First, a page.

Monday, 10 January 2011

New Stuff 1


Surprised how slim you looked, how young,
red cotton briefs that made you look like Sybil Starr,
my room the way it was, the bed half-broken.
I lay, my body rhymed, at last, with yours,

though clothed: the same smooth legs,
same swelling breasts, the same receiving void
between the legs, the origin of worlds,
here, at the end, yours given, mine achieved.

I felt you shaking in my sleep and cried
then, as you came around, I wiped my eyes.
You looked at me and barely said it’s time.
All I could say, at last your daughter, was goodbye.

*    *    *

The musician Paul Heaton fell out with pro-Labour pop music initiative Red Wedge when they refused to endorse his demand that the British music industry be nationalised. I kind of have the same feeling about poetry: I think the government should pay all poets a modest living wage as a kind of insurance policy for the spiritual welfare of the nation. Partly this is because I genuinely feel it would do some good, but partly this is because, if I was paid to be a poet, then after writing poems like this one I could take some flexitime, go home and nurse myself with comfort food and feelgood movies for the rest of the day, instead of having to go into my quote unquote 'real' job and toil in the macro-geometry of the corporate Archon for seven hours after having to confront something literally traumatic.

Traume is German for 'dream', and this poem is based on a particularly heartbreaking dream I had this morning. In the dream, I was a girl, meaning, I guess, that I'd transitioned fully. The woman lying in my old bed with me was my mother and, just so you have all the facts in before you page Dr Freud, she was dying. It was a horrible dream, and what gave it a particular horror was the thought that here I was, finally a real girl, as it were, but all I got to say was goodbye, as the final line has it. Fucking heartrending.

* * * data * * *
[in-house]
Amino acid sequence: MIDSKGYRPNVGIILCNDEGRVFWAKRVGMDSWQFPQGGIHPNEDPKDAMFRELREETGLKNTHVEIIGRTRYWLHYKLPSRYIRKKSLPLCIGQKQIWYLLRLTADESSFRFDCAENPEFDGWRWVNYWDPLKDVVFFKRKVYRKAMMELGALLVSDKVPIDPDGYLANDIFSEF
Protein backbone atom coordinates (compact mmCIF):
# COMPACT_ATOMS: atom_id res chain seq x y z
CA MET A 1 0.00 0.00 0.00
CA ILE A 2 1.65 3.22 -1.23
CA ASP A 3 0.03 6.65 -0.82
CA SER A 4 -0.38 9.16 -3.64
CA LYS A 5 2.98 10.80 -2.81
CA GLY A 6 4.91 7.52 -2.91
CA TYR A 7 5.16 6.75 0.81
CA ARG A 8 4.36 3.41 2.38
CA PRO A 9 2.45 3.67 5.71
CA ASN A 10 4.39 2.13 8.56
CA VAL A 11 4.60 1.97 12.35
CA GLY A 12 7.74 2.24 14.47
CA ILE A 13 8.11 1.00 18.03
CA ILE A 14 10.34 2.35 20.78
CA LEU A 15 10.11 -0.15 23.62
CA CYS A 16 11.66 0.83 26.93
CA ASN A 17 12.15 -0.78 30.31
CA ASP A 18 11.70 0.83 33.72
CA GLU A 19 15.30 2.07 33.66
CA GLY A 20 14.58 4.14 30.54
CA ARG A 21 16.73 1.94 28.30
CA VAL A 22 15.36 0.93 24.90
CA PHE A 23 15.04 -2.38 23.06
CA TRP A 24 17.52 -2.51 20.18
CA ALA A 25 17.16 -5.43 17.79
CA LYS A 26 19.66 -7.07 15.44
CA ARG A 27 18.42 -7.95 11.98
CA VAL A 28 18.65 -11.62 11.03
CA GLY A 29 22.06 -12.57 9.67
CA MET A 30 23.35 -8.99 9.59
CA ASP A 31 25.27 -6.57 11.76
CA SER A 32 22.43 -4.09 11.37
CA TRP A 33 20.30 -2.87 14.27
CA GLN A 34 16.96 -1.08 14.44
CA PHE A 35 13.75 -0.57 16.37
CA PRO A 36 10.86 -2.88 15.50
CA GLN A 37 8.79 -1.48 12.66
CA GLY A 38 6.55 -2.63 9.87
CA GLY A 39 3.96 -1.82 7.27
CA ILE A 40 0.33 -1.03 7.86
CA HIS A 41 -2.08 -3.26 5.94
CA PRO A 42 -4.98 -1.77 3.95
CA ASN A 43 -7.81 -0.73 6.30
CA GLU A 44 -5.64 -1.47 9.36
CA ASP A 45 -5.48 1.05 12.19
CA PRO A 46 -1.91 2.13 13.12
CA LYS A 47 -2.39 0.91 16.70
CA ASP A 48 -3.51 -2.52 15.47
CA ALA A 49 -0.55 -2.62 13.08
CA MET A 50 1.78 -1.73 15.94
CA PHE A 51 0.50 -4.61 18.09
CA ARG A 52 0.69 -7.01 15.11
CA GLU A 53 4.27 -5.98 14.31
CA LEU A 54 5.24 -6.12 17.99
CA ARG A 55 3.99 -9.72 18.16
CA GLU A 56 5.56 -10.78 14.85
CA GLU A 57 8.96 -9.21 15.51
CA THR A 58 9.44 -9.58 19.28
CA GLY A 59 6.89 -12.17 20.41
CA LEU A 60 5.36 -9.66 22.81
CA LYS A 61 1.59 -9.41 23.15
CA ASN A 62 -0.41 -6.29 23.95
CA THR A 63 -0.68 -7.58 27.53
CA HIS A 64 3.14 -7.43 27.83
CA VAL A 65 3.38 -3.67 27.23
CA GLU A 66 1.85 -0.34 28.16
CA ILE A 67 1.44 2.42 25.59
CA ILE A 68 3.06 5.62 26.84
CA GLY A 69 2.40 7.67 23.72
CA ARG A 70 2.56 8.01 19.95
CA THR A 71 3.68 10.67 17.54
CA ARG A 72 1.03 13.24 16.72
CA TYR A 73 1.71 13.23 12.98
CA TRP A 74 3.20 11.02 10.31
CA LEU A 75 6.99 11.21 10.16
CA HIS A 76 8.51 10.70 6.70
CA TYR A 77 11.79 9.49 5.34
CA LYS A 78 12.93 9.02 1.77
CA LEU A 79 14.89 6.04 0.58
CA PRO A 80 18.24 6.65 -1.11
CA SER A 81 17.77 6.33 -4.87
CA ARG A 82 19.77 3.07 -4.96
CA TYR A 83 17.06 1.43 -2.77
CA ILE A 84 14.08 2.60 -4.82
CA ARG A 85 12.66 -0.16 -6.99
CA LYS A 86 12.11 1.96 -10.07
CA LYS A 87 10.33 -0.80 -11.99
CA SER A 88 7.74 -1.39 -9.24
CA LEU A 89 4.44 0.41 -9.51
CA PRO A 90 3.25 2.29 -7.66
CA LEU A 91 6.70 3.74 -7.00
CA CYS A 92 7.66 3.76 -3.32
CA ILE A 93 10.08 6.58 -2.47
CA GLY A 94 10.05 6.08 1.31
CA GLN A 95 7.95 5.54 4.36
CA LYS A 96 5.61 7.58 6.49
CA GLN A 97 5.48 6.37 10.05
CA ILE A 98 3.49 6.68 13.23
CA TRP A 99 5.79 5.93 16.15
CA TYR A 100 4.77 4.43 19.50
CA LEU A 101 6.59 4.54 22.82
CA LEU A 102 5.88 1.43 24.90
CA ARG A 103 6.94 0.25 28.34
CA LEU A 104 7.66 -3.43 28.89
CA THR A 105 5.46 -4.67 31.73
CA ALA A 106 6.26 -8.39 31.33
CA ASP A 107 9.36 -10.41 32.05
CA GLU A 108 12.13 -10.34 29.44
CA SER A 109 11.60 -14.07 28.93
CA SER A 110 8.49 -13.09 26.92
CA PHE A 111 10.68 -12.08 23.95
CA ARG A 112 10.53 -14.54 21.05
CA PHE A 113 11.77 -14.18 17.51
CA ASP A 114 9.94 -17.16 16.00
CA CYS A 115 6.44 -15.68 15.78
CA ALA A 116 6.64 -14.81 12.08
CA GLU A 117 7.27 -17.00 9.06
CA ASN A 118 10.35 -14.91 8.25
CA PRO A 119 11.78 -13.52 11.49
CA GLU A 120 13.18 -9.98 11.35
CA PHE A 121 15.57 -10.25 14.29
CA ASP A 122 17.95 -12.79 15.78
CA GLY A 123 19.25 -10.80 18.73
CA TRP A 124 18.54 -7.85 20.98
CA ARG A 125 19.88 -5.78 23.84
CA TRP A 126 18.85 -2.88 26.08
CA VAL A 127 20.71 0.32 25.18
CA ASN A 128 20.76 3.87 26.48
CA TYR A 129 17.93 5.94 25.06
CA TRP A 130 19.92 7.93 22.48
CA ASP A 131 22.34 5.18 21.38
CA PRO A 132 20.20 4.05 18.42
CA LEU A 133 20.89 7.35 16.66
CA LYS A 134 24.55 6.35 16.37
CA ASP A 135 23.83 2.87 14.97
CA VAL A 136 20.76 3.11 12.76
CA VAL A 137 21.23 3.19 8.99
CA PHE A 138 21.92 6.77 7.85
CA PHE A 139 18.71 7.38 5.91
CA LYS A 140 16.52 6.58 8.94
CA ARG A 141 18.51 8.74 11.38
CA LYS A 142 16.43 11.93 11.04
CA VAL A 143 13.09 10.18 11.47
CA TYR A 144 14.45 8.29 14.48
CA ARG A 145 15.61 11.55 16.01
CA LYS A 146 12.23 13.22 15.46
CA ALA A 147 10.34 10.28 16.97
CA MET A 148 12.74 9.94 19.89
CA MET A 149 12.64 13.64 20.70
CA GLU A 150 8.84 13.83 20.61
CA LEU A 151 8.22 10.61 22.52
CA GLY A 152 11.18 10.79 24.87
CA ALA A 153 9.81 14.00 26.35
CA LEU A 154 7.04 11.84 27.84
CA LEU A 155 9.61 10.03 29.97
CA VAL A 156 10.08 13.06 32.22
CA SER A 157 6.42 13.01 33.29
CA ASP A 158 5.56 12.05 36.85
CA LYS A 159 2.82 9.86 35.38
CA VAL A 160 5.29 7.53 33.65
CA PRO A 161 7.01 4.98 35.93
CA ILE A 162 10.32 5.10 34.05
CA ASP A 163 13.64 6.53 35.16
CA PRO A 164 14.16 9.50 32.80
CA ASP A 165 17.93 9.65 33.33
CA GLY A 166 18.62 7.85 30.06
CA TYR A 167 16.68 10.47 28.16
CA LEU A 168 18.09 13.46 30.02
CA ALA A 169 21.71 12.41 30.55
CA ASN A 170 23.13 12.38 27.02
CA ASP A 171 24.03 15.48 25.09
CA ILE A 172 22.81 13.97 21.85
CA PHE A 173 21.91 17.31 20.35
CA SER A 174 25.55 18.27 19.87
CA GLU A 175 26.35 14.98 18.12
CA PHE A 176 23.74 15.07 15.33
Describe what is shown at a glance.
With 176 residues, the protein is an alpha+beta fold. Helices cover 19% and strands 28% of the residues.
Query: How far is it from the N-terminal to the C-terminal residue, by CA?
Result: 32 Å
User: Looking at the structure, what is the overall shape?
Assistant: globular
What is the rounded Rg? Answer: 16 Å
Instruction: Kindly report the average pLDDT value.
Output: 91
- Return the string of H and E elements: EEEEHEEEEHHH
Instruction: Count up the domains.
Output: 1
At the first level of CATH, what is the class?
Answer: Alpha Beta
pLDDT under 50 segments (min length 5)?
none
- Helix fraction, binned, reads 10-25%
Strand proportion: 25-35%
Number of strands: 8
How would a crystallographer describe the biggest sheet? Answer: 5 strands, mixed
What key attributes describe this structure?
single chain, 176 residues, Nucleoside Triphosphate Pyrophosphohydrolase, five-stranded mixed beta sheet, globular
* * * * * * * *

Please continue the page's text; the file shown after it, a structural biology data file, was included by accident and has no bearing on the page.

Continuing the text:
So the logical thing to do with that as a poet is write something based on it. Writing as magic: binding the demon, making something beautiful out of the pain so it works for you instead of against you. Whatever. This is my effort at such. I'm not entirely happy with it ('swelling' breasts, particularly), and would welcome suggestions for improvement.

(As to explaining who Sybil Starr is, I did attempt a rather long explanation but it quickly got off-topic and turned [as most conversations with me generally will] into a vituperative attack on the scientific validity of the theories of Sigmund Freud. Suffice to say that she's the kind of girl who'd be very popular with the narratrix of NSFW, though, if you do intend to google her, you should be aware that quite a lot of Ms Starr's work is itself NSFW. I'm not really sure how an allusion to a female wrestler called Sybil, of all things, wound up working its way into such an already strange dream, but there it is, as Francis Bacon used to say. Odd place, the subconscious.)

(On a related note, the phrase 'the origin of worlds' is, of course, a reference to this similarly NSFW piece by Gustave Courbet.)

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